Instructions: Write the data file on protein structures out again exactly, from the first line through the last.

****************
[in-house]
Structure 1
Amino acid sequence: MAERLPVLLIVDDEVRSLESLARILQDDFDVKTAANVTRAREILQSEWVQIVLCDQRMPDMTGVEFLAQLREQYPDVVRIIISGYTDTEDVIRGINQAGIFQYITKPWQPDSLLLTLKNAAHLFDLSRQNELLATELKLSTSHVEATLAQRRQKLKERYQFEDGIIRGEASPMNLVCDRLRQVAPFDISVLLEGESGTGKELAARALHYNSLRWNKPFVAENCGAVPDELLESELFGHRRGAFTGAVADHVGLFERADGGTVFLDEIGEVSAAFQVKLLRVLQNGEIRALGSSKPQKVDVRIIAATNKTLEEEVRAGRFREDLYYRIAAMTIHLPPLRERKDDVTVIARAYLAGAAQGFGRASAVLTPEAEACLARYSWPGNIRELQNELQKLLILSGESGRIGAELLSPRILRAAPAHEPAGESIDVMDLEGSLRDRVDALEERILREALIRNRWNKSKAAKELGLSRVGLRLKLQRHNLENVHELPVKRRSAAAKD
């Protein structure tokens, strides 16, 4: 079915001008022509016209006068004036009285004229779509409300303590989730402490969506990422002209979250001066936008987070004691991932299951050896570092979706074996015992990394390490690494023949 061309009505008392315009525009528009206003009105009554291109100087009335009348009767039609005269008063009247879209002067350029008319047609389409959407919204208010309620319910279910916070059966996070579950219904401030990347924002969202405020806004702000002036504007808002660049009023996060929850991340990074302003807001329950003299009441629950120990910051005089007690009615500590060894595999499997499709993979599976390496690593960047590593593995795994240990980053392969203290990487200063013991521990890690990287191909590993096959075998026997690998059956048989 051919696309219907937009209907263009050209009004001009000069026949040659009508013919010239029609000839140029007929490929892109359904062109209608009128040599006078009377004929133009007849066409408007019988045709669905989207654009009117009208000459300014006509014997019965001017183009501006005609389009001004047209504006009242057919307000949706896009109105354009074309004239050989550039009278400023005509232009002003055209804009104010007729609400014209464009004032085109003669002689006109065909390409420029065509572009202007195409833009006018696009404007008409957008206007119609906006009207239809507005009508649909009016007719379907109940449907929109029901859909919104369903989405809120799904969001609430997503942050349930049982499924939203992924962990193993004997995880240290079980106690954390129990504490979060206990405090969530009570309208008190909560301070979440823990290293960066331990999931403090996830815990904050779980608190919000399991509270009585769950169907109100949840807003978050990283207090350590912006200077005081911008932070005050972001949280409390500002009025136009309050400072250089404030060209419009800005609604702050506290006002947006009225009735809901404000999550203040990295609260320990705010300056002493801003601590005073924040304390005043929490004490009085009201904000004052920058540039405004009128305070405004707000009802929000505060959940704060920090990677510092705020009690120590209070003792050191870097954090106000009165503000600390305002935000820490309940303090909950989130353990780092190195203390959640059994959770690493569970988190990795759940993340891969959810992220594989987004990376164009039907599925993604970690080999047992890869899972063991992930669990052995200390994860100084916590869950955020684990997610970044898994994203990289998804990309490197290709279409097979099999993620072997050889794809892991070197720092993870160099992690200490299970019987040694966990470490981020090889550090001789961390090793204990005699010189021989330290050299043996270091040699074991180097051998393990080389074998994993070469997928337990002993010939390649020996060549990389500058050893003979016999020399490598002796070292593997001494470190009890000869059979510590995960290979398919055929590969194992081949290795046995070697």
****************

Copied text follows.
[in-house]
Structure 1
Amino acid sequence: MAERLPVLLIVDDEVRSLESLARILQDDFDVKTAANVTRAREILQSEWVQIVLCDQRMPDMTGVEFLAQLREQYPDVVRIIISGYTDTEDVIRGINQAGIFQYITKPWQPDSLLLTLKNAAHLFDLSRQNELLATELKLSTSHVEATLAQRRQKLKERYQFEDGIIRGEASPMNLVCDRLRQVAPFDISVLLEGESGTGKELAARALHYNSLRWNKPFVAENCGAVPDELLESELFGHRRGAFTGAVADHVGLFERADGGTVFLDEIGEVSAAFQVKLLRVLQNGEIRALGSSKPQKVDVRIIAATNKTLEEEVRAGRFREDLYYRIAAMTIHLPPLRERKDDVTVIARAYLAGAAQGFGRASAVLTPEAEACLARYSWPGNIRELQNELQKLLILSGESGRIGAELLSPRILRAAPAHEPAGESIDVMDLEGSLRDRVDALEERILREALIRNRWNKSKAAKELGLSRVGLRLKLQRHNLENVHELPVKRRSAAAKD
């Protein structure tokens, strides 16, 4: 079915001008022509016209006068004036009285004229779509409300303590989730402490969506990422002209979250001066936008987070004691991932299951050896570092979706074996015992990394390490690494023949 061309009505008392315009525009528009206003009105009554291109100087009335009348009767039609005269008063009247879209002067350029008319047609389409959407919204208010309620319910279910916070059966996070579950219904401030990347924002969202405020806004702000002036504007808002660049009023996060929850991340990074302003807001329950003299009441629950120990910051005089007690009615500590060894595999499997499709993979599976390496690593960047590593593995795994240990980053392969203290990487200063013991521990890690990287191909590993096959075998026997690998059956048989 051919696309219907937009209907263009050209009004001009000069026949040659009508013919010239029609000839140029007929490929892109359904062109209608009128040599006078009377004929133009007849066409408007019988045709669905989207654009009117009208000459300014006509014997019965001017183009501006005609389009001004047209504006009242057919307000949706896009109105354009074309004239050989550039009278400023005509232009002003055209804009104010007729609400014209464009004032085109003669002689006109065909390409420029065509572009202007195409833009006018696009404007008409957008206007119609906006009207239809507005009508649909009016007719379907109940449907929109029901859909919104369903989405809120799904969001609430997503942050349930049982499924939203992924962990193993004997995880240290079980106690954390129990504490979060206990405090969530009570309208008190909560301070979440823990290293960066331990999931403090996830815990904050779980608190919000399991509270009585769950169907109100949840807003978050990283207090350590912006200077005081911008932070005050972001949280409390500002009025136009309050400072250089404030060209419009800005609604702050506290006002947006009225009735809901404000999550203040990295609260320990705010300056002493801003601590005073924040304390005043929490004490009085009201904000004052920058540039405004009128305070405004707000009802929000505060959940704060920090990677510092705020009690120590209070003792050191870097954090106000009165503000600390305002935000820490309940303090909950989130353990780092190195203390959640059994959770690493569970988190990795759940993340891969959810992220594989987004990376164009039907599925993604970690080999047992890869899972063991992930669990052995200390994860100084916590869950955020684990997610970044898994994203990289998804990309490197290709279409097979099999993620072997050889794809892991070197720092993870160099992690200490299970019987040694966990470490981020090889550090001789961390090793204990005699010189021989330290050299043996270091040699074991180097051998393990080389074998994993070469997928337990002993010939390649020996060549990389500058050893003979016999020399490598002796070292593997001494470190009890000869059979510590995960290979398919055929590969194992081949290795046995070697």